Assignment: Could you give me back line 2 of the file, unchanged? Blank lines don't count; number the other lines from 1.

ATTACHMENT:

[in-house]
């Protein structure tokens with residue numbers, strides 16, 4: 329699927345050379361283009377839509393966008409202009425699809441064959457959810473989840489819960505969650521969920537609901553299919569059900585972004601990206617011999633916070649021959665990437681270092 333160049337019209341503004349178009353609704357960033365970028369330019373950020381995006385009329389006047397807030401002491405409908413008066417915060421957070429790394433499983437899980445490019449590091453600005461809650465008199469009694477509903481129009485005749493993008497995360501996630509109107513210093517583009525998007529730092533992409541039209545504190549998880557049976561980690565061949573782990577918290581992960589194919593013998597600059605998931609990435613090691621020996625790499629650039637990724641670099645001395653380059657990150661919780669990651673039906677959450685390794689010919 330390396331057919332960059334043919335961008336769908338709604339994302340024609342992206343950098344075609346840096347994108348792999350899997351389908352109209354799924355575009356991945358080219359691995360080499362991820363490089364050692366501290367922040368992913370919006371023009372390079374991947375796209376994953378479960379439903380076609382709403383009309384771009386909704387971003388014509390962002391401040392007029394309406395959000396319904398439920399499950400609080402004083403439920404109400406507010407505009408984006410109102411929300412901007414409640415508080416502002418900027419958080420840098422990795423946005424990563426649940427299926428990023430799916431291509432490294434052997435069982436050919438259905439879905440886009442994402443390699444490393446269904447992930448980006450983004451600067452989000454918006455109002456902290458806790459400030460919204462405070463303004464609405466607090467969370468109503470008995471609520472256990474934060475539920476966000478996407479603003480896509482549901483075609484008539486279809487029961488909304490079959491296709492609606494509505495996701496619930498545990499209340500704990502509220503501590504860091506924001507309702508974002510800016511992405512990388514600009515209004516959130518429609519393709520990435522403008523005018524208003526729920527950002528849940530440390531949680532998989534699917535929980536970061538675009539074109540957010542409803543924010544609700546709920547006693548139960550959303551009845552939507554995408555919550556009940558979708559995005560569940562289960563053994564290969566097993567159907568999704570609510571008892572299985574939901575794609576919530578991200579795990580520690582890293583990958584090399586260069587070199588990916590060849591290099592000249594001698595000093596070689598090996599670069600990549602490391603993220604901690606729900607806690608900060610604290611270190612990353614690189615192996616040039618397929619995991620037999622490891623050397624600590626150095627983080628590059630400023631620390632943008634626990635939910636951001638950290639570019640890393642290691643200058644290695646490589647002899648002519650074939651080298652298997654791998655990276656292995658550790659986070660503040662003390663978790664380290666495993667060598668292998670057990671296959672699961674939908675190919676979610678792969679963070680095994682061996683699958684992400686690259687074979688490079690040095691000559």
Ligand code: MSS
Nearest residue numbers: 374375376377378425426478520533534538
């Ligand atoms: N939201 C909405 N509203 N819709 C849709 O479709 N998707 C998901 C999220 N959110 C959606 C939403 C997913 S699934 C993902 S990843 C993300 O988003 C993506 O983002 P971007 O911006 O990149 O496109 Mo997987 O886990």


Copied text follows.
């Protein structure tokens with residue numbers, strides 16, 4: 329699927345050379361283009377839509393966008409202009425699809441064959457959810473989840489819960505969650521969920537609901553299919569059900585972004601990206617011999633916070649021959665990437681270092 333160049337019209341503004349178009353609704357960033365970028369330019373950020381995006385009329389006047397807030401002491405409908413008066417915060421957070429790394433499983437899980445490019449590091453600005461809650465008199469009694477509903481129009485005749493993008497995360501996630509109107513210093517583009525998007529730092533992409541039209545504190549998880557049976561980690565061949573782990577918290581992960589194919593013998597600059605998931609990435613090691621020996625790499629650039637990724641670099645001395653380059657990150661919780669990651673039906677959450685390794689010919 330390396331057919332960059334043919335961008336769908338709604339994302340024609342992206343950098344075609346840096347994108348792999350899997351389908352109209354799924355575009356991945358080219359691995360080499362991820363490089364050692366501290367922040368992913370919006371023009372390079374991947375796209376994953378479960379439903380076609382709403383009309384771009386909704387971003388014509390962002391401040392007029394309406395959000396319904398439920399499950400609080402004083403439920404109400406507010407505009408984006410109102411929300412901007414409640415508080416502002418900027419958080420840098422990795423946005424990563426649940427299926428990023430799916431291509432490294434052997435069982436050919438259905439879905440886009442994402443390699444490393446269904447992930448980006450983004451600067452989000454918006455109002456902290458806790459400030460919204462405070463303004464609405466607090467969370468109503470008995471609520472256990474934060475539920476966000478996407479603003480896509482549901483075609484008539486279809487029961488909304490079959491296709492609606494509505495996701496619930498545990499209340500704990502509220503501590504860091506924001507309702508974002510800016511992405512990388514600009515209004516959130518429609519393709520990435522403008523005018524208003526729920527950002528849940530440390531949680532998989534699917535929980536970061538675009539074109540957010542409803543924010544609700546709920547006693548139960550959303551009845552939507554995408555919550556009940558979708559995005560569940562289960563053994564290969566097993567159907568999704570609510571008892572299985574939901575794609576919530578991200579795990580520690582890293583990958584090399586260069587070199588990916590060849591290099592000249594001698595000093596070689598090996599670069600990549602490391603993220604901690606729900607806690608900060610604290611270190612990353614690189615192996616040039618397929619995991620037999622490891623050397624600590626150095627983080628590059630400023631620390632943008634626990635939910636951001638950290639570019640890393642290691643200058644290695646490589647002899648002519650074939651080298652298997654791998655990276656292995658550790659986070660503040662003390663978790664380290666495993667060598668292998670057990671296959672699961674939908675190919676979610678792969679963070680095994682061996683699958684992400686690259687074979688490079690040095691000559």